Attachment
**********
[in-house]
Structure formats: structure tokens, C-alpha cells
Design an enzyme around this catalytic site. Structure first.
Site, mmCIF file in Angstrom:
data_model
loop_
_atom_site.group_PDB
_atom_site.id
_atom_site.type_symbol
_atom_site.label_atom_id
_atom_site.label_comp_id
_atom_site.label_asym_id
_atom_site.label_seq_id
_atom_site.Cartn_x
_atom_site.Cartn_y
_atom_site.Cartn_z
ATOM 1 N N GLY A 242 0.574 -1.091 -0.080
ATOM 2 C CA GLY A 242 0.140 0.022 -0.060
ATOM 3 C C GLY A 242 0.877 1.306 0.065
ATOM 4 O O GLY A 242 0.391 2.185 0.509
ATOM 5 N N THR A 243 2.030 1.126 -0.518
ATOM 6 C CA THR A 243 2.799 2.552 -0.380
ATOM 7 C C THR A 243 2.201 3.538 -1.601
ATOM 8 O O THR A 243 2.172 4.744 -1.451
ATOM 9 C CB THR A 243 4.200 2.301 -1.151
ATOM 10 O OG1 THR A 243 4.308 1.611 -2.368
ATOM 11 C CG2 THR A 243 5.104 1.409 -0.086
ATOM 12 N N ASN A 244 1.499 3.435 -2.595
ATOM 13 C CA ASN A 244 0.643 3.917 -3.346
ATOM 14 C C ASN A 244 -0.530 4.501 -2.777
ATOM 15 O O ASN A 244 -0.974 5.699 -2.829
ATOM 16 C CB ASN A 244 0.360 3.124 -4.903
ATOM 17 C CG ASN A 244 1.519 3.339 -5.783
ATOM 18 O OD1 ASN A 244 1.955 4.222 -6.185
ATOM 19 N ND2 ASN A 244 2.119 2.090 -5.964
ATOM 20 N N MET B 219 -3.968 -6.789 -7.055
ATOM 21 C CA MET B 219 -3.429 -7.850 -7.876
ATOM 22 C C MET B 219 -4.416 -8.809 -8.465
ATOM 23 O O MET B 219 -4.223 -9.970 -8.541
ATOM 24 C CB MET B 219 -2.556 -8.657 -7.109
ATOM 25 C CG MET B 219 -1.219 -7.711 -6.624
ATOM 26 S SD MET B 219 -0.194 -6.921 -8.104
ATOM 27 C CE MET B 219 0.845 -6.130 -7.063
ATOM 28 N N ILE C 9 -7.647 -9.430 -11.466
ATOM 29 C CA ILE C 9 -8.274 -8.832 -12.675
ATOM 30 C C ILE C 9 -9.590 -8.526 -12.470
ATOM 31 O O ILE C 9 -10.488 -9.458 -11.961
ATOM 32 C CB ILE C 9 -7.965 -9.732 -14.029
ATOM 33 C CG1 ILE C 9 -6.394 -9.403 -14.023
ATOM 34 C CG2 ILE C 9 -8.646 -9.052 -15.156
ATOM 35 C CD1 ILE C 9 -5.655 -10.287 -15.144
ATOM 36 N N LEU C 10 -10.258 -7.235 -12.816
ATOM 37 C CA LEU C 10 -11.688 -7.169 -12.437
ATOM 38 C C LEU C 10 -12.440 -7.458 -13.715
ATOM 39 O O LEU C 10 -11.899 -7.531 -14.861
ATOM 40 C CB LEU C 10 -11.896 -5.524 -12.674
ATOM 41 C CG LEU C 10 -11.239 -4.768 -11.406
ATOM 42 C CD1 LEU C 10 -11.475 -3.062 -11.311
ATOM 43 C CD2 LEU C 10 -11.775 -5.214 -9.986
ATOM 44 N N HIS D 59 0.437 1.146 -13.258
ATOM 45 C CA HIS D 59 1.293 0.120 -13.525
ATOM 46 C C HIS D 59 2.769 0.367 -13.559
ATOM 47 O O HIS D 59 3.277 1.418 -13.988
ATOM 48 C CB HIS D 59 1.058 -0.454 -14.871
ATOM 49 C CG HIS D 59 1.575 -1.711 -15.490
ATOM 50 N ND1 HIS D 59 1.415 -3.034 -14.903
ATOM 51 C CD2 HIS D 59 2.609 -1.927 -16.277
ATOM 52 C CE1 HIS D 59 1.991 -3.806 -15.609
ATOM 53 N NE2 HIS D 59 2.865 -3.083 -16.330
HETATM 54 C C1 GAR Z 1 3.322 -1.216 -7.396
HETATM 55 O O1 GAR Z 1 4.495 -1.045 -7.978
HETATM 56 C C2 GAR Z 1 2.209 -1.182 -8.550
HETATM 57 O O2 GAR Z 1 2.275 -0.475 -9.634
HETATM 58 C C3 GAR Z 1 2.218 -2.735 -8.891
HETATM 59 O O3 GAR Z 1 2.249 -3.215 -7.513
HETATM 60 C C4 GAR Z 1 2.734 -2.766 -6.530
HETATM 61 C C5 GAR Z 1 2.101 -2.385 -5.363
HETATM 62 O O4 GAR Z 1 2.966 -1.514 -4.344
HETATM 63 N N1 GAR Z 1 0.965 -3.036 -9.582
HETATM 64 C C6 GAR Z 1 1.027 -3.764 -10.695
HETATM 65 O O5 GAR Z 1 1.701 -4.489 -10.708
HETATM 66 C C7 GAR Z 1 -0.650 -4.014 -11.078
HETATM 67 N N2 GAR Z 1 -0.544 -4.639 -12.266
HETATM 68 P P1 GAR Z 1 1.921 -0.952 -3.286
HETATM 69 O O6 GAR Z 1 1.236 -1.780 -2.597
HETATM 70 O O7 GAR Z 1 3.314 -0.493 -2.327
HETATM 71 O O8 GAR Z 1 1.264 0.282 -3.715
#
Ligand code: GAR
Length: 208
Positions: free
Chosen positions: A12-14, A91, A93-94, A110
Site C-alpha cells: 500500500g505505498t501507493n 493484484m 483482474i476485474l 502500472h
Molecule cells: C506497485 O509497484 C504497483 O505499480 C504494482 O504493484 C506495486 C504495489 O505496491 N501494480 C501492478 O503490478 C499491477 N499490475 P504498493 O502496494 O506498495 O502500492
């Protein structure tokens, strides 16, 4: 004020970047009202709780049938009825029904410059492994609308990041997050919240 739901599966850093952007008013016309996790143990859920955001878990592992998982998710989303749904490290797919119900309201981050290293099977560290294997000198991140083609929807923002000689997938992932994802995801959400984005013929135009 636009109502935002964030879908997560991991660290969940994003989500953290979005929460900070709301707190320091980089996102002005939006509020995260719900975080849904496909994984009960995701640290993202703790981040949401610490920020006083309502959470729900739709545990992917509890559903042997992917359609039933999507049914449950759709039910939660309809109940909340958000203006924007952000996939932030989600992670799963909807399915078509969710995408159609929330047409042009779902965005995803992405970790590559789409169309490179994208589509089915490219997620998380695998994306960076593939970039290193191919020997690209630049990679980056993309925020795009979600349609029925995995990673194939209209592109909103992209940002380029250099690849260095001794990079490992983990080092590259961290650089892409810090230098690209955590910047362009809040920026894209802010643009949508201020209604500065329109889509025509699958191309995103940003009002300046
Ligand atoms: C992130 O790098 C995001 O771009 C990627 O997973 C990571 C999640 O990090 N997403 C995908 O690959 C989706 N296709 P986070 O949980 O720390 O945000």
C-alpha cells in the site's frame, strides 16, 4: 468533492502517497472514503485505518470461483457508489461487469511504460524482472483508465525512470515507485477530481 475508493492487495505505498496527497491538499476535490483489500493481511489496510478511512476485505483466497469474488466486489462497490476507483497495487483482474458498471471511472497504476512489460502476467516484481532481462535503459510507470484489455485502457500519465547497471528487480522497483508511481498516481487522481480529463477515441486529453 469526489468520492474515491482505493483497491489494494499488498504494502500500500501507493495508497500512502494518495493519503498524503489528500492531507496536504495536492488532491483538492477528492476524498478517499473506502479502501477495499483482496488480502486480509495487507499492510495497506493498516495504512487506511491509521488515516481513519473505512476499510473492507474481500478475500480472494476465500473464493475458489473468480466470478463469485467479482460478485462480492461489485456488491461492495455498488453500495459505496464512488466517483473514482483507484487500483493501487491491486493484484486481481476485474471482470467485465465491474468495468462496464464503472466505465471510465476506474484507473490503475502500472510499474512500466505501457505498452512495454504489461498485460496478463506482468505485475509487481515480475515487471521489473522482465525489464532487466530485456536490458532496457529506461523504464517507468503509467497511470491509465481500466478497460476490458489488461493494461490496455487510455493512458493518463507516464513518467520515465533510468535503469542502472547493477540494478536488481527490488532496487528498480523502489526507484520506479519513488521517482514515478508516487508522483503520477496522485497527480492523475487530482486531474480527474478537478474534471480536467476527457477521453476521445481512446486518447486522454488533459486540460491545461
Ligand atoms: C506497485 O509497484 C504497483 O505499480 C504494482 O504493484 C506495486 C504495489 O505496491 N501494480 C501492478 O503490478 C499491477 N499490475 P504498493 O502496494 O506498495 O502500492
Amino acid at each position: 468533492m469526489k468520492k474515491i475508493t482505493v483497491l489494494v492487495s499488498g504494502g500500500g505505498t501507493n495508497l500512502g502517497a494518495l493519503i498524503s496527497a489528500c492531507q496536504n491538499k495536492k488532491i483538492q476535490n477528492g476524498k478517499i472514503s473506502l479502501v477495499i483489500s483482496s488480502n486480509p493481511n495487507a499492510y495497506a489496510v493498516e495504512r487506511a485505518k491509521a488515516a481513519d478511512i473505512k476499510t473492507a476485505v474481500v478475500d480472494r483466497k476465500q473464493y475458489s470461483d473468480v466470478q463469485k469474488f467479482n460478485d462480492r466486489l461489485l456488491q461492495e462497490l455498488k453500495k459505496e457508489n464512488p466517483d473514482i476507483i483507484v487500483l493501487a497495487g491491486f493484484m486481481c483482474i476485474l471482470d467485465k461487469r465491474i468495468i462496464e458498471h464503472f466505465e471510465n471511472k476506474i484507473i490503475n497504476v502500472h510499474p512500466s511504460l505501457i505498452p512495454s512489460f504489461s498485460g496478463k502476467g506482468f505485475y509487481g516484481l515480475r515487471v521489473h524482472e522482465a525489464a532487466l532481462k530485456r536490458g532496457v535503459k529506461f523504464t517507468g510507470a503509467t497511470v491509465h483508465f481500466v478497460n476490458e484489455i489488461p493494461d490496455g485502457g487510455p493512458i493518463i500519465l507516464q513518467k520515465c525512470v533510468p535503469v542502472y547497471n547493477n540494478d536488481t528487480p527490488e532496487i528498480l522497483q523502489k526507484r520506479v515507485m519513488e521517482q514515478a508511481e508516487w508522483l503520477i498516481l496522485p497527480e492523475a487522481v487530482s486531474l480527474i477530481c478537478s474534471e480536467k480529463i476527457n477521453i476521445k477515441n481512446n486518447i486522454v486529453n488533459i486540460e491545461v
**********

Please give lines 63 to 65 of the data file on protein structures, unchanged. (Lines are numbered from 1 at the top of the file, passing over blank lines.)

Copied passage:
ATOM 47 O O HIS D 59 3.277 1.418 -13.988
ATOM 48 C CB HIS D 59 1.058 -0.454 -14.871
ATOM 49 C CG HIS D 59 1.575 -1.711 -15.490